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I got to know that there is an improvement in String representation in java 9. I found some information on that as well. I would like to know more about this, and how exactly the memory usage is reduced and garbage collection is improved as compared to previous java versions. There are a couple of questions related to this topic only but am not fully convinced by the answers over there. Thanks in advance.

marked as duplicate by GhostCat, Community Aug 3 '17 at 8:26

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    This also – manfromnowhere Aug 3 '17 at 3:59
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  • @soorapadman I already mentioned that there are question related to this topic. If you read closely I am more concerned about the memory management and garbage collection. – Ashish Lohia Aug 3 '17 at 7:15
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    Honestly, I do not understand why this questions gets upvotes. It just goes "I read some stuff that wasnt helpful" - without any links to that material, or facts explaining why that content isn't sufficient. – GhostCat Aug 3 '17 at 7:18

In Java 8

In Java 8 String has a field char[] value - a char takes up two bytes because it represents a full UTF-16 code unit. Oracle's analysis of many, many heap dumps came to two conclusions:

  • these arrays occupy somewhere between 20 % and 30 % of an average application’s live data (including headers and pointers)
  • the overwhelming majority of strings only require ISO-8859-1 (also called Latin-1), which is a single byte.

Refactoring String to only use one byte for Latin-1 could hence save about 10 % to 15 % memory and improve run time performance by reducing garbage allocation.

In Java 9

In Java 9 String is backed by a byte[] value, so that UTF-8 characters can use only a single byte. But what happens if a string uses both UTF-8 and UTF-16 (or even UTF-32) characters?

This may sound like a case for variable-sized records like UTF-8, where the distinction between one and two bytes is made per character. But then there would be no way to predict for a single character which array slots it will occupy, thus requiring random access (e.g. charAt(int)) to perform a linear scan. Degrading random access performance from constant to linear time was an unacceptable regression.

Instead, either each character can be encoded with a single byte, in which case this is the chosen representation, or if at least one of them requires two, two bytes will be used for all of them. A new field coder denotes how the bytes encode characters and many methods in String evaluate it to pick the correct code path.

Here’s how that looks in a simplified version of the String constructor:

// `char[] value` is the argument
    byte[] val = StringUTF16.compress(value);
    if (val != null) {
        this.value = val;
        this.coder = LATIN1;
this.coder = UTF16;
this.value = StringUTF16.toBytes(value);

There are a couple of things to note here:

  • The boolean flag COMPACT_STRINGS, which is the implementation of the command line flag XX:-CompactStrings and with which the compression can be disabled.
  • The utility class StringUTF16 is first used to try and compress the value array to single bytes and, should that fail and return null, convert it to double bytes instead.
  • The coder field is assigned the respective constant that marks which case applies.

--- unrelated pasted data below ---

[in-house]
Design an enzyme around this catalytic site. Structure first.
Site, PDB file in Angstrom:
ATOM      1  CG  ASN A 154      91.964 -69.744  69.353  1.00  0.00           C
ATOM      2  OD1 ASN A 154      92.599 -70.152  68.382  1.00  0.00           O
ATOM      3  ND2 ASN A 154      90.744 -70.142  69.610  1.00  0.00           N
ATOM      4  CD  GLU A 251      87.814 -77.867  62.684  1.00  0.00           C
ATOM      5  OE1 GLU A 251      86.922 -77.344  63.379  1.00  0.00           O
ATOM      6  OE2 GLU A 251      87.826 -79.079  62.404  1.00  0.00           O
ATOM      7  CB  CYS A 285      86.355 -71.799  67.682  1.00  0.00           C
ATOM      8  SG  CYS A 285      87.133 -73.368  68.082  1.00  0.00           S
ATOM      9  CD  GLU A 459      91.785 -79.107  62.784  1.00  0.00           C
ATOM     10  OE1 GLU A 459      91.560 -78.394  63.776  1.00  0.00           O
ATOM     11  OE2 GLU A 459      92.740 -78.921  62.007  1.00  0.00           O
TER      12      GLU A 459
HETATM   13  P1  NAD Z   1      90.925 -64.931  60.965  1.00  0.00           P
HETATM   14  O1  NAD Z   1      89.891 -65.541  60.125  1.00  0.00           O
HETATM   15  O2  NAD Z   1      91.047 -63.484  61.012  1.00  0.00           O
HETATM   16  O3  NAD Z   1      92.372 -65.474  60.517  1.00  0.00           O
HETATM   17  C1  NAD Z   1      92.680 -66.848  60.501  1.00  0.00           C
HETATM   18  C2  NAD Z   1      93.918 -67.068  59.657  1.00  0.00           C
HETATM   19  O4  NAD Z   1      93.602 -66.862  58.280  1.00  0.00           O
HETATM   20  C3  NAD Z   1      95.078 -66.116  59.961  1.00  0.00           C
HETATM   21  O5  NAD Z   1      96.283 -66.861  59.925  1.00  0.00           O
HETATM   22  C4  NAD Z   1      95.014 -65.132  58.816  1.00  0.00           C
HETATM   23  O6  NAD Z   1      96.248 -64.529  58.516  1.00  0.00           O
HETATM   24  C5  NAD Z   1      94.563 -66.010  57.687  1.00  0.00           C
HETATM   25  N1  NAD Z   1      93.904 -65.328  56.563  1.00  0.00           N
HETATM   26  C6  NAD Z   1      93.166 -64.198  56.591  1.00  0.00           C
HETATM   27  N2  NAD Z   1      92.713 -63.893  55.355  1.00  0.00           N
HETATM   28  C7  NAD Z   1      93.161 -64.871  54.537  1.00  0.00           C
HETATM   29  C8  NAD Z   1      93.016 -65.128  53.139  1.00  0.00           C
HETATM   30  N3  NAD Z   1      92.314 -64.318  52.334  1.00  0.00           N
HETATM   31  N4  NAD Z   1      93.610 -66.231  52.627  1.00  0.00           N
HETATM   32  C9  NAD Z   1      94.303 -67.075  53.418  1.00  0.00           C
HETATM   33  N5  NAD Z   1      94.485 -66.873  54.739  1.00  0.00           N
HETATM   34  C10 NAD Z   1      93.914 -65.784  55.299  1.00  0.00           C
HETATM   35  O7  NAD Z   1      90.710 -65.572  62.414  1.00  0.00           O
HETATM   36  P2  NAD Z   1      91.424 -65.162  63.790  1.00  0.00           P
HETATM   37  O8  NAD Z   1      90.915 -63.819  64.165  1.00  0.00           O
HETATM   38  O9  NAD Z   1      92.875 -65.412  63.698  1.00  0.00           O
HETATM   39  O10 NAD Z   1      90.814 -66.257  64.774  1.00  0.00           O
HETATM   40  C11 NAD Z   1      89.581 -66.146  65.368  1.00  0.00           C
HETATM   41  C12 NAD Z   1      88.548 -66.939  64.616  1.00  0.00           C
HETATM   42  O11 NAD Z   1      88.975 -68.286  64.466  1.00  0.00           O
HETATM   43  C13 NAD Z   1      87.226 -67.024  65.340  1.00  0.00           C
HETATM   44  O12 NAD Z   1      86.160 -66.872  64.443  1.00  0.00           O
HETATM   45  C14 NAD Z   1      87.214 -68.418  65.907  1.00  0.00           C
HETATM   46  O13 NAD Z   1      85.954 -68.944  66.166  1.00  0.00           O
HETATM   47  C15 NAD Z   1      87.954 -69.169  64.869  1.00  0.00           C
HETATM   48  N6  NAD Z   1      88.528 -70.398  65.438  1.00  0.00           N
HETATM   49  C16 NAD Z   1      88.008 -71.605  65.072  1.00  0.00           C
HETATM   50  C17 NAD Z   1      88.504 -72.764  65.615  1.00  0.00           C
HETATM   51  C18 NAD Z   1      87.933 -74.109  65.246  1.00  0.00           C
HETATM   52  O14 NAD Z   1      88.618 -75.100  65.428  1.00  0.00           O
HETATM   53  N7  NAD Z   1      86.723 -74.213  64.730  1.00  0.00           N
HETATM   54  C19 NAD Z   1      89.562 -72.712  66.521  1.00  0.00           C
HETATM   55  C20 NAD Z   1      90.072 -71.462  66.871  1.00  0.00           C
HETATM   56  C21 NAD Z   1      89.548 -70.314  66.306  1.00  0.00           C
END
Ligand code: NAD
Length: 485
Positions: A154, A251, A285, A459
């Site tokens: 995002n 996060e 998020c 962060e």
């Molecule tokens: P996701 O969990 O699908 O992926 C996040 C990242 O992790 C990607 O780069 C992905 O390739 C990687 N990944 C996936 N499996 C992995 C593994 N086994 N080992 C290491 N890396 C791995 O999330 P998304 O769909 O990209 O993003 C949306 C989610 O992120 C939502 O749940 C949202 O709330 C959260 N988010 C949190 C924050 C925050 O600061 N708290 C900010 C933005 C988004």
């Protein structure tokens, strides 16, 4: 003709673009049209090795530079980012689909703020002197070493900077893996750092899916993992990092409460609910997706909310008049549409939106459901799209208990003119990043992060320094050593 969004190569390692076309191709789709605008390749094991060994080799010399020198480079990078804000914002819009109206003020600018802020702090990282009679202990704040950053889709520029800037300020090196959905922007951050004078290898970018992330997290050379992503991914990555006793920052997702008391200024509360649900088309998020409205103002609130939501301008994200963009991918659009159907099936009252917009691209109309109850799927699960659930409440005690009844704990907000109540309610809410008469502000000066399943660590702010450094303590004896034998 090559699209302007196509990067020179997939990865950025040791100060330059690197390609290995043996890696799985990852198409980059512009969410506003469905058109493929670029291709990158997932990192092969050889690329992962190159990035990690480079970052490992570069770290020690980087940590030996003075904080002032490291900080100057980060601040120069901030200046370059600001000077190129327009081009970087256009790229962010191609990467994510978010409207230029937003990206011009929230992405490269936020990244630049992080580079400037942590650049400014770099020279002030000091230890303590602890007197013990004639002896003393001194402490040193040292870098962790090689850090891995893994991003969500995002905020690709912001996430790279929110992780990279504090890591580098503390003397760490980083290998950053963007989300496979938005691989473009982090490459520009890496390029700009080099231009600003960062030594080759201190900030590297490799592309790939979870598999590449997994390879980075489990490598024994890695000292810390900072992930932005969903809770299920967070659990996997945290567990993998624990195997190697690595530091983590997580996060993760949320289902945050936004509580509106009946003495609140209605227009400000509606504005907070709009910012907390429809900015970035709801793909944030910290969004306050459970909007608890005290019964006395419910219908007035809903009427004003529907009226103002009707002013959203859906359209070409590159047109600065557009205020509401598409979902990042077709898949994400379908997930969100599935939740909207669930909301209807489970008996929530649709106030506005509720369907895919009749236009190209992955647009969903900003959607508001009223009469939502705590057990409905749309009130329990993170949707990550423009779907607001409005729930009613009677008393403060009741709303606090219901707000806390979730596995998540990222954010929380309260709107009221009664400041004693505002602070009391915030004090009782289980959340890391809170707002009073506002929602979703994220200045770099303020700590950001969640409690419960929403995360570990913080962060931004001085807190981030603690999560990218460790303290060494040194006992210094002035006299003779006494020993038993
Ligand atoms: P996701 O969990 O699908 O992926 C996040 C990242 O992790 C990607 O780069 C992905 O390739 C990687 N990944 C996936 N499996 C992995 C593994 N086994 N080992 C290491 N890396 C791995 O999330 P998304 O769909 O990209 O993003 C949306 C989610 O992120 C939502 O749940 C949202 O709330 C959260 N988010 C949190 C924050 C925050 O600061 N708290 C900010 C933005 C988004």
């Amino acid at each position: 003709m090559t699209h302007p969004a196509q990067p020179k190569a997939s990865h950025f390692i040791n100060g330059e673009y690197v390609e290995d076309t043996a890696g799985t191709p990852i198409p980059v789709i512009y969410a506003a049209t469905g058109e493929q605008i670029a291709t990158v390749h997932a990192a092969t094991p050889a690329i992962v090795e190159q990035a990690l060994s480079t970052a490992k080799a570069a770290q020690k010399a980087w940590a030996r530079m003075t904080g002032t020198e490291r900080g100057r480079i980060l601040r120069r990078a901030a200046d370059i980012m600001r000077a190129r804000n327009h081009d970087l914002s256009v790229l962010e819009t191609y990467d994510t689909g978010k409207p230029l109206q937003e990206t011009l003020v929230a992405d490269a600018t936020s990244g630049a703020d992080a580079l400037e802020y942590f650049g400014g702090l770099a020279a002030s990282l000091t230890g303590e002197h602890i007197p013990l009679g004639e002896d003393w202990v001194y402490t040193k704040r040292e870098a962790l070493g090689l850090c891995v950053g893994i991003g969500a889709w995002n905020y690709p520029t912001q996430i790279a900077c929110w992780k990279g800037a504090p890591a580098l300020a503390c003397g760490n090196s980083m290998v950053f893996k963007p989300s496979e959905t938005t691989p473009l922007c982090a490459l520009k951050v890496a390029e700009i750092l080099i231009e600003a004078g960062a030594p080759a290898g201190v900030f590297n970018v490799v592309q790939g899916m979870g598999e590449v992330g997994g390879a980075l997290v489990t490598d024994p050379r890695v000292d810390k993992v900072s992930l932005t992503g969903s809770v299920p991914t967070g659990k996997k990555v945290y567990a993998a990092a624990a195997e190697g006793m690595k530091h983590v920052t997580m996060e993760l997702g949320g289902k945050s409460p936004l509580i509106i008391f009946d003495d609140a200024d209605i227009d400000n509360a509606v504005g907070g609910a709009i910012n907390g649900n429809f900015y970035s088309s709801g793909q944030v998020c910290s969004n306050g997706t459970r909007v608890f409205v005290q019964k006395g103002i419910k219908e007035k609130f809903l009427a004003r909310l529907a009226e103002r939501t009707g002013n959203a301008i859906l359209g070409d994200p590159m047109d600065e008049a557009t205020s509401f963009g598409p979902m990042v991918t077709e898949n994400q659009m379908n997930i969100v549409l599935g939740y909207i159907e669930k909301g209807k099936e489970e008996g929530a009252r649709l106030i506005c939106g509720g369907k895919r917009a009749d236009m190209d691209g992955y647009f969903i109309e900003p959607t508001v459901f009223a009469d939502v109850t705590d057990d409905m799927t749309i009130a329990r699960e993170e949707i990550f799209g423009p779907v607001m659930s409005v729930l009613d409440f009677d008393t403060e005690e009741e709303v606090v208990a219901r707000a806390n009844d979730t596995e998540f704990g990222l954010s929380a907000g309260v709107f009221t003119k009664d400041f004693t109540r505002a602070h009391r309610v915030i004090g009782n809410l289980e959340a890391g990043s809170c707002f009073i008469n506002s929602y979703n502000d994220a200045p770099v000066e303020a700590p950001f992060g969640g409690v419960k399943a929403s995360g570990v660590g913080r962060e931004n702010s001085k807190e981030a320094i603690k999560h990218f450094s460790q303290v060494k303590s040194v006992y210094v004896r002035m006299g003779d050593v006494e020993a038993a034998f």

If you want to learn more about compact strings (and indifyied string concatenation), have a look at JEP 254 or Aleksey Shipilev’s talk (it also includes some benchmarks).

  • You are mixing up encoding and charset. All three encodings, UTF-8, UTF-16, and UTF-32 use the same charset (Unicode) and therefore can represent the same characters. So the question “what happens if a string uses both UTF-8 and UTF-16 (or even UTF-32) characters?” makes no sense. The correct statement would be that Java 9‘s strings encode their content as iso-latin-1 using a single byte per character when possible (as the follow-up code snippet suggests) and use UTF-16 otherwise. – Holger Feb 6 at 14:14

Java 9 is bringing in with String optimizations. Java 9 is coming with a feature JEP 254 (Compact Strings).

"Instead of having char[] array, String is now represented as byte[] array. Depending on which characters it contains, it will either use UTF-16 or Latin-1, that is – either one or two bytes per character. There is a new field inside the String class – coder, which indicates which variant is used. Unlike Compressed Strings, this feature is enabled by default. If necessary (in a case where there are mainly UTF-16 Strings used), it can still be disabled by -XX:-CompactStrings.

The change does not affect any public interfaces of String or any other related classes. Many of the classes were reworked to support the new String representation, such as StringBuffer or StringBuilder."


We propose to change the internal representation of the String class from a UTF-16 char array to a byte array plus an encoding-flag field. The new String class will store characters encoded either as ISO-8859-1/Latin-1 (one byte per character), or as UTF-16 (two bytes per character), based upon the contents of the string. The encoding flag will indicate which encoding is used.

String-related classes such as AbstractStringBuilder, StringBuilder, and StringBuffer will be updated to use the same representation, as will the HotSpot VM's intrinsic string operations.

This is purely an implementation change, with no changes to existing public interfaces. There are no plans to add any new public APIs or other interfaces.

The prototyping work done to date confirms the expected reduction in memory footprint, substantial reductions of GC activity, and minor performance regressions in some corner cases.

For further detail, see

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